10 best episodes of Nathan for You
Nathan Fielder is a comedic genius. Combining elements of Jackass with elements of reality television with Fielder’s already established socially inept persona, Fielder managed to craft the funniest show on television: Nathan for You. Unfortunately, after four stupendous seasons, Fielder has decided to end the show. Over the course of 32 episodes, Fielder gave comedy fans more than they ever could’ve asked for — for that, we are all thankful.
Claiming to have graduated from business school with really good grades, Fielder uses his knowledge of business and his life experiences to help real small businesses achieve the success they’ve always wanted—that is, if they choose to abide by Nathan Fielder’s less than conventional methods to achieve it. Whether he’s suggesting a frozen yogurt shop take on disgusting flavors or encouraging a coffee shop to take down one of the biggest coffee chains in the world, Fielder’s methods almost always result in relative success. Still, some of his approaches were better—and funnier—than others.
Souvenir Shop; ELAIFF
Most episodes of Nathan for You take place in and around Los Angeles. So, with this in mind, it’s no surprise that one of his best episodes covers a Hollywood souvenir shop and a small film festival in LA. In the first part of the episode, Nathan plans to help a souvenir shop by placing celebrity lookalikes into the store in order to convince customers that they’re filming a project in the shop. In the second part of the episode, Nathan realizes that he may be guilty of fraud unless he actually makes a film in the shop. He sets out to win a film festival to clear his name. The way both plotlines intertwine creates one of the most memorable episodes of the entire series.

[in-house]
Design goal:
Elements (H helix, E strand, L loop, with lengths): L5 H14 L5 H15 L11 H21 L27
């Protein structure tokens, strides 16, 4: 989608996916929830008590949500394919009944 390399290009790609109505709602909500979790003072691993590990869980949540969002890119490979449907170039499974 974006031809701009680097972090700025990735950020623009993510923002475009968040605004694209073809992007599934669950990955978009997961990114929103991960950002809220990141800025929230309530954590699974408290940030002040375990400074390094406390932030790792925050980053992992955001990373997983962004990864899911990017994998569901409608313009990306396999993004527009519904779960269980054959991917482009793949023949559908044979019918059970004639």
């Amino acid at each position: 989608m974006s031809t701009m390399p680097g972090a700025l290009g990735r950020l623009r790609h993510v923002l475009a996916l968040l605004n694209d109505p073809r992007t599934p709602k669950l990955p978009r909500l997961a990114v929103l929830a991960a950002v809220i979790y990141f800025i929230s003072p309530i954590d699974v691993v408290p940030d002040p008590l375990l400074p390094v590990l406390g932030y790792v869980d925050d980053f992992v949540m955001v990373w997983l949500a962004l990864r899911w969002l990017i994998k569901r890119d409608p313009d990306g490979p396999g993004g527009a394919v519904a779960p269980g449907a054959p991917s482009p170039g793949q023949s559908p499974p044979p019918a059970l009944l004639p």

In this episode, Nathan helps a moving company by creating a fake workout fad that encourages people to move boxes for the company, free of charge. He goes to extreme lengths, ghostwriting an entire book and hiring an actor to be the face of the titular Movement. It’s the most concise look at Fielder’s genius that we’ve seen so far.
Like the Movement, “Dumb Starbucks” is an episode that focuses on one business as it achieves nationwide attention thanks to Fielder’s antics. He transforms a coffee shop into a parody of Starbucks, claiming protection by US parody law. Like some of Fielder’s other experiments, the episode was nationally recognized by news organizations before anyone knew it was a part of a Nathan for You segment.
In this episode, Nathan encourages drivers to fill up at a struggling gas station in exchange for a cash rebate — the catch is that the rebate requires them to take part in a strenuous task in order to claim it. It’s one of the best episodes to see just how great Nathan is at keeping up the act and refusing to crack. There are so many great moments of genuine, unexpected comedy throughout the episode, yet Nathan never breaks character.